Thursday, February 19, 2009

Movie Journal: Burn After Reading

There are two things you should immediately know about the Cohen Brothers' new "comedy". Firstly, it is not a kid movie. And all that that entails. The language is foul, the sex and innuendo is rampant, and the violence(what there is of it) is shocking. Secondly, it's not really funny. At least, not in the sense you are probably thinking it is.

To elaborate: as a film it may have distinct and colorful characters, some of which actually do behave pretty funny. But don't expect it to be anything like so many other wacky and chaotic comedies, where the jokes are innocent and despite all the chaos everything seems to miraculously work out in the end.

If anything, it's my belief that Burn After Reading is a movie about idiocy. More precisely, the complete failure to consider the consequences of the actions you take. The story picks up as an employee of the CIA is more or less fired. It's at this point that the man begins to experience what many of us know to be something along the lines of a mid-life crisis. He feels the world has passed him by, and yearns for the virtuous and patriotic passion of his youth. Feeling nostalgic and without much purpose, he decides to write a memoir of the experiences of his much-missed youth. Namely of his experiences in the CIA. Little does he suspect that these memoirs may be found and read by someone else, and just what that would mean.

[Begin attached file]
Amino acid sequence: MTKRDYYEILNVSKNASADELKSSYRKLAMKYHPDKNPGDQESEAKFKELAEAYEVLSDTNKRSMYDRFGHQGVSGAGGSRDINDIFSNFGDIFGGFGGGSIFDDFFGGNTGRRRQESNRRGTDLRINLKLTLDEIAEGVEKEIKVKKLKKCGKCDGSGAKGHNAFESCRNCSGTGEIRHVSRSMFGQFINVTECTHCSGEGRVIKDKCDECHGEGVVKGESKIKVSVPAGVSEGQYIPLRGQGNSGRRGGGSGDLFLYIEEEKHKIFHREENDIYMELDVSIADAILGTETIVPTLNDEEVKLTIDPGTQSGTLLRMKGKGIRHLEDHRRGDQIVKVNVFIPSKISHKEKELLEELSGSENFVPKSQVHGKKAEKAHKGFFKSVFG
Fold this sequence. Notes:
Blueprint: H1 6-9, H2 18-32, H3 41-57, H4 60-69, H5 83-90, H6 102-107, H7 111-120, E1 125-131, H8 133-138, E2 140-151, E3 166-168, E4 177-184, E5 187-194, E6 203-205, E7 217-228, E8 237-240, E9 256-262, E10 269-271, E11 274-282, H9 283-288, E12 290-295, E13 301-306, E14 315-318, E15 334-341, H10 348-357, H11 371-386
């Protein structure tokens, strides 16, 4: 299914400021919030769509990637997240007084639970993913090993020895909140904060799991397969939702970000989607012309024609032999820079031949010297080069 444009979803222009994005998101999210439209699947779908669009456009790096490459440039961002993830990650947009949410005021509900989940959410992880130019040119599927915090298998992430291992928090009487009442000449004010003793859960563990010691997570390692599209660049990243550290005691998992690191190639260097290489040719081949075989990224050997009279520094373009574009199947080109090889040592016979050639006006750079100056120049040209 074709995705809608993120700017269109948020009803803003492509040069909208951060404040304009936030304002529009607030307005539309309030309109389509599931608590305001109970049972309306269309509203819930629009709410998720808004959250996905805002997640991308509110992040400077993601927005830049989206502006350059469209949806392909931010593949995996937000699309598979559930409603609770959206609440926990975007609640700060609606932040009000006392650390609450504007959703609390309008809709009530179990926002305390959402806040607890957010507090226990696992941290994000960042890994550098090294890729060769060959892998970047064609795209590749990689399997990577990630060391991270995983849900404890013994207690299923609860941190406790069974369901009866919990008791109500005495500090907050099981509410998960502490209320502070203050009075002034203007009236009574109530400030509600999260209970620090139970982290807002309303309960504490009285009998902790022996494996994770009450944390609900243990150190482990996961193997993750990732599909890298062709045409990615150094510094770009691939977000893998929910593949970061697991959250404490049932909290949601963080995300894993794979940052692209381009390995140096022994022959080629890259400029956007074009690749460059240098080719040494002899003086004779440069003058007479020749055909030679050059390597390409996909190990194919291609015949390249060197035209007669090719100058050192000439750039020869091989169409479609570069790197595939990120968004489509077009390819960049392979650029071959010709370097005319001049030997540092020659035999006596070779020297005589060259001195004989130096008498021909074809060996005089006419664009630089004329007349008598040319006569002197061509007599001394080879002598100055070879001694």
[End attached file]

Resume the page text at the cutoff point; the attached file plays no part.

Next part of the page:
Much of the rest of the movie revolves around a main cast of stupid yet empathetical characters, making stupid yet(much of the time) empathetical decisions. It's kind of painful really, because as an attentive viewer it's rather hard to miss the writing on the wall, and you sort of wish you could just yell out to the main characters just what they are doing to themselves. You know that should the spaghetti hit the fan(and it will), things are not going to look good(and they don't).

In the end, it's a fine movie, if a flawed one in parts. Just the kind of crazy episode of insanity you'd expect from the Cohen Brothers, though one not nearly as satisfying as that of some of their other works, such as Raising Arizona, O Brother Where Art Thou?, and No Country For Old Men. I guess I was just expecting something a little more.

7 out of 10

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